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Sorry for taking so long to respond to your question:

How much does it cost "big oil" to buy its oil?

The oil companies I cover typically don't do much hedging. When they do, they hedge the selling price rather than the purchase price. Hess has lingering hedges on its books that result in it selling at prices that now look ridiculously low:

The company has 24 thousand barrels of oil equivalent (mboe) of daily production hedged at costs between $25.56 and $26.90 until 2012. To date, expired hedges have had a cumulative after-tax deferred cost of $2.1 billion...

Some of the independent exploration and production companies hedge (e.g., Chesapeake Energy hedges material amounts of its natural gas production.)

There does appear to be a bit of a misconception in the question following your comment though. Big oil companies don't sell any oil to us. The oil business actually has two primary segments -- upstream and downstream. Upstream refers to exploration and production (E&P) activities. Downstream refers to refining and marketing (R&M) activities. There is also a smaller part of the business that's not referred to all that frequently -- midstream.

More specifically, E&P refers to searching for and finding oil and extracting it from the ground. R&M refers to refining oil (essentially boiling it and cracking the related molecules) and marketing (your local gas station).

Big oil companies are referred to as integrated companies because they have upstream and downstream operations. There are some companies that are only in the upstream segment and some only in downstream. Some downstream participants only have refining operations.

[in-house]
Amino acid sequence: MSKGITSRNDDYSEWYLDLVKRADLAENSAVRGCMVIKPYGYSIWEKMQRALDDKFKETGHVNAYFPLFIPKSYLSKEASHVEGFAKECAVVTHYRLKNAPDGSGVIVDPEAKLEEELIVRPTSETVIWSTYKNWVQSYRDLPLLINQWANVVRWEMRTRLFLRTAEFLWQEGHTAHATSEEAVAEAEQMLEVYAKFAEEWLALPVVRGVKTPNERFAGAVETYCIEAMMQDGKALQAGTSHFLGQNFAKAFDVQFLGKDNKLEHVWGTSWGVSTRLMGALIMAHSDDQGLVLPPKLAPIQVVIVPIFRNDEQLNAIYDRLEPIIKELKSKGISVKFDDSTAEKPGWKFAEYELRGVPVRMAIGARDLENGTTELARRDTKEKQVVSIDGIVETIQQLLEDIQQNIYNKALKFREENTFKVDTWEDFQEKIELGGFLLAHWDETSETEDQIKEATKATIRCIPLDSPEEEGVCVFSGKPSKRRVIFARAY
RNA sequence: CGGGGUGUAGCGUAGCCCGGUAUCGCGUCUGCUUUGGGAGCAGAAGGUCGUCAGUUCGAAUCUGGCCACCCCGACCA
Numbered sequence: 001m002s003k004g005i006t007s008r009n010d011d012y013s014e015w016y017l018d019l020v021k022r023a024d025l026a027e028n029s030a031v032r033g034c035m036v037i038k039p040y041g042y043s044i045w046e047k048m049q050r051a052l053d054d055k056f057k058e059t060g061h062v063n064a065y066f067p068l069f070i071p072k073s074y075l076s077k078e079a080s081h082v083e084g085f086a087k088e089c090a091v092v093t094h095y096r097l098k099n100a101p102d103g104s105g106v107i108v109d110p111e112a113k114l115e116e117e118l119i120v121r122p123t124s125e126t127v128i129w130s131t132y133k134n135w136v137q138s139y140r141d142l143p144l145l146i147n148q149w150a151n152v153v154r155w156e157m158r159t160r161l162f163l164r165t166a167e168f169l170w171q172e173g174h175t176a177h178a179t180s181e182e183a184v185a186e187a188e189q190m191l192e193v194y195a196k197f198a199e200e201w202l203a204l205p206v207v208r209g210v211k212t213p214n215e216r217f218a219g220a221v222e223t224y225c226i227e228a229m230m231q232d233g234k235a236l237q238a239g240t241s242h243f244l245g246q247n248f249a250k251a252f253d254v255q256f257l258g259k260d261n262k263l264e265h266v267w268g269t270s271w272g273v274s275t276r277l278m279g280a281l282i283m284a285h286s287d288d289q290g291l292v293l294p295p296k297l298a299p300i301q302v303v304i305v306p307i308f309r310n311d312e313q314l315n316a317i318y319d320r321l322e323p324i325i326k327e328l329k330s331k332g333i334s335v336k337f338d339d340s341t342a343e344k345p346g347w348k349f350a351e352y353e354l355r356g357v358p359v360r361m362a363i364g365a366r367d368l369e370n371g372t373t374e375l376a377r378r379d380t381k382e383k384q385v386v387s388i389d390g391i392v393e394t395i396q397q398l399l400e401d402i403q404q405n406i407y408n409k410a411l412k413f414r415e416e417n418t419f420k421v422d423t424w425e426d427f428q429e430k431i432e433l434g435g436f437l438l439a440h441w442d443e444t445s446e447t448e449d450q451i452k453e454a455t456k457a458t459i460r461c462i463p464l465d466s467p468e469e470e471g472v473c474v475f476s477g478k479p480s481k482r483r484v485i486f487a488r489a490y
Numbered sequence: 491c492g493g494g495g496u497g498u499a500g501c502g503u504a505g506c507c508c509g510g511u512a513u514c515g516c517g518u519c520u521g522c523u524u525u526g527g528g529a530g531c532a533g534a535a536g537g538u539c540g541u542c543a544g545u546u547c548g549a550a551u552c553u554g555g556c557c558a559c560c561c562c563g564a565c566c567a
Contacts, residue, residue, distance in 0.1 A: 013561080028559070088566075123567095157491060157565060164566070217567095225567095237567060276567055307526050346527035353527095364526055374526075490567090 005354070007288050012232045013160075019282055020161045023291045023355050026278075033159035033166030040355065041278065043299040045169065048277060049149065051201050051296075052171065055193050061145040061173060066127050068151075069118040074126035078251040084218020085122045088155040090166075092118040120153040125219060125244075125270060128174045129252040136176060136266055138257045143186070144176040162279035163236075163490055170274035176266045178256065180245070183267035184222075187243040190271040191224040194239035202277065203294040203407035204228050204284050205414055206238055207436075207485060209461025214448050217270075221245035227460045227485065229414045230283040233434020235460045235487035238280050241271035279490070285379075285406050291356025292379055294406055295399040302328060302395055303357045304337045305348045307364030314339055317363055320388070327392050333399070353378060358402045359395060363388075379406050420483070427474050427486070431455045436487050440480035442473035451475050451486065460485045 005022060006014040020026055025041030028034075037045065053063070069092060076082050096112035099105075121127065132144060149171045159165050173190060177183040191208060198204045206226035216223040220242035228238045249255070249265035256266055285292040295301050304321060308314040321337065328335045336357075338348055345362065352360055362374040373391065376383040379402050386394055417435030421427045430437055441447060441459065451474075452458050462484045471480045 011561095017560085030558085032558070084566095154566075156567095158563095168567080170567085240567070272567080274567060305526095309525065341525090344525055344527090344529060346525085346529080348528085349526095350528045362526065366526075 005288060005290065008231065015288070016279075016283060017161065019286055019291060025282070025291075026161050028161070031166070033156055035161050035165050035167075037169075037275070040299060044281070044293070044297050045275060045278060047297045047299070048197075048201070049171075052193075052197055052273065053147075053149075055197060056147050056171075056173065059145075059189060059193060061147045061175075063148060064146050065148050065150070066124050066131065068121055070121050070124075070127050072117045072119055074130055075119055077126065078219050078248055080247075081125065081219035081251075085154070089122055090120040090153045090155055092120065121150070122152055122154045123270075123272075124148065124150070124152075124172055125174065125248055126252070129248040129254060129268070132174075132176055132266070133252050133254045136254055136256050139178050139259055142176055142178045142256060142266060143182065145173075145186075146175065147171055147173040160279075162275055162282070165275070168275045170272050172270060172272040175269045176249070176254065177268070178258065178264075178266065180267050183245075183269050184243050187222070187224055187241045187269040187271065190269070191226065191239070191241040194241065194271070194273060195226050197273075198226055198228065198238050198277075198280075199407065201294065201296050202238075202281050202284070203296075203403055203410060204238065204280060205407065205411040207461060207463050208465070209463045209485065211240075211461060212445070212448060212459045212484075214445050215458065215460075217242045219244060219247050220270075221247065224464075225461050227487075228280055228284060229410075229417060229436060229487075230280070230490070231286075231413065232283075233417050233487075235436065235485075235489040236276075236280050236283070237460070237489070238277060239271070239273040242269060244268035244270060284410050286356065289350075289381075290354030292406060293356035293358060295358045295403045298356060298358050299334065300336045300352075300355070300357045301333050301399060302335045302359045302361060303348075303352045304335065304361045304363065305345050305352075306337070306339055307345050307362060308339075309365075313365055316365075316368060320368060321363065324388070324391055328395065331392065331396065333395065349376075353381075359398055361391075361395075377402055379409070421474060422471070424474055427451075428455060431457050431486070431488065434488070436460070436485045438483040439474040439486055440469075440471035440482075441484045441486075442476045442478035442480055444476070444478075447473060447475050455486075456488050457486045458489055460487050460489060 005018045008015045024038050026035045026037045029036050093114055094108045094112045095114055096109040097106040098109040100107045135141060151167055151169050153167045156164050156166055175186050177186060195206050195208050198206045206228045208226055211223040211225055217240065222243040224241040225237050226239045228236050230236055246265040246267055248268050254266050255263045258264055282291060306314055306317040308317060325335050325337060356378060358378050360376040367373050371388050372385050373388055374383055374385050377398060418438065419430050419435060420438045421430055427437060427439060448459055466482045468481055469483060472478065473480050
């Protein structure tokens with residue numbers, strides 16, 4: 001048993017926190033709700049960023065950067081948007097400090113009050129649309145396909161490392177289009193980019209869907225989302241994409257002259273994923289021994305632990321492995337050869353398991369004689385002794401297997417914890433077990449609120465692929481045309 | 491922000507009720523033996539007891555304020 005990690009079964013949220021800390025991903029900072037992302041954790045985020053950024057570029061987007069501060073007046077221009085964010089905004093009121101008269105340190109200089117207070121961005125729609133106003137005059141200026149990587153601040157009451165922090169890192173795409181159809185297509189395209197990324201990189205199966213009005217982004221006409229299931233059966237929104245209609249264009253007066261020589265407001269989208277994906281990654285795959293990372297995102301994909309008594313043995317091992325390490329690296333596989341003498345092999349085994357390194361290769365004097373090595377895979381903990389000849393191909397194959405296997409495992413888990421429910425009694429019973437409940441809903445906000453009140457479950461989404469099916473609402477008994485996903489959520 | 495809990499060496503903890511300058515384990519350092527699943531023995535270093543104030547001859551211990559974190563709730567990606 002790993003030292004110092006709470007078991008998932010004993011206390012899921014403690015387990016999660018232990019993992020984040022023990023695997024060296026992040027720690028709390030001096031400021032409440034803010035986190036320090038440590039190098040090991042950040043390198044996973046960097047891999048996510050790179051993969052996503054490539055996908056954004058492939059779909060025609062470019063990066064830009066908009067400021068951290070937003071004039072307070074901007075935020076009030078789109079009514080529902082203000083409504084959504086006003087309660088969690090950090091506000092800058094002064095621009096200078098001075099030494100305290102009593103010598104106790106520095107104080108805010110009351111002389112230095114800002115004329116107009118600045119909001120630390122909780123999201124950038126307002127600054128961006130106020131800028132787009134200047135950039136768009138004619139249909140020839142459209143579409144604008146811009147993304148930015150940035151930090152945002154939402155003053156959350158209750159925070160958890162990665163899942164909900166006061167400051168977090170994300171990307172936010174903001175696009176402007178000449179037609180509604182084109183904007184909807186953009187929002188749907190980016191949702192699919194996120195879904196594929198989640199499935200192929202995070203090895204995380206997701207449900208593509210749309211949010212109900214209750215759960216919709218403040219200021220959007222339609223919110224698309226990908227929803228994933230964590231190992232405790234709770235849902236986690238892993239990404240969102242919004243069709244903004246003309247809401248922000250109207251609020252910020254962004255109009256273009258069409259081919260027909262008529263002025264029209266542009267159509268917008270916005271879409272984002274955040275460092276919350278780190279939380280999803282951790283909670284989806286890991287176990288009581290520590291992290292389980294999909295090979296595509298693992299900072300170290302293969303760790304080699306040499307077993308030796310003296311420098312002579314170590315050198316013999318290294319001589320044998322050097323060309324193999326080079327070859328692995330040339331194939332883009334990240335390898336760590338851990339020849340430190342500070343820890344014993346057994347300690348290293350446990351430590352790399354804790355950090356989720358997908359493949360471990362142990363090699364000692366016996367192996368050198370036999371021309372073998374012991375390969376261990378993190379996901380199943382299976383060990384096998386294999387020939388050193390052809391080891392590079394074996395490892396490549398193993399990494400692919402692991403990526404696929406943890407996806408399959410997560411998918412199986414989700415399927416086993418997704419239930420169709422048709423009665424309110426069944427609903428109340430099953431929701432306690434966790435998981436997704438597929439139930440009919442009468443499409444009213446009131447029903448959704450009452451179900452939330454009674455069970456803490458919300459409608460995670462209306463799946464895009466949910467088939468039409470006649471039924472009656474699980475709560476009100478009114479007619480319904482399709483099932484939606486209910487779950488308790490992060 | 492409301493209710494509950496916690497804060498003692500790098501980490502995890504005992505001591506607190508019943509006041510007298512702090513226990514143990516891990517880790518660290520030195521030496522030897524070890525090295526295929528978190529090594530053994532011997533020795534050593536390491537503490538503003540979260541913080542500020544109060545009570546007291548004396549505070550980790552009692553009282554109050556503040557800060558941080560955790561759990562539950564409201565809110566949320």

It's important to note that integrated oil companies (IOCs) do not necessarily refine the oil they produce. Since it can cost a lot to ship oil, refiners try to minimize costs by refining oil that's closest to their physical location. In the present environment, IOCs are generating lower returns from their downstream business because they are paying market prices for oil and realizing only a small "crack" spread. Some of the smaller IOCs hedge prices but I haven't come across references indicating the larger ones I cover hedge.

Refiners can also profit by refining lower quality oil. They pay less than the price we see quoted for such oil (The $130+ WTI you read about in the news every day.) There is a bigger capital investment required to refine such oil, so you earn a better return to help compensate for that, as the byproducts are relatively similar under either process.

As for your comment about Southwest, I read recently that it is still benefiting from its hedging activities. It has a much stronger balance sheet than most (if not all) other airlines, so it has been able to keep fuel costs down by hedging its future needs.

I hope this is helpful. Let me know if there are more questions.

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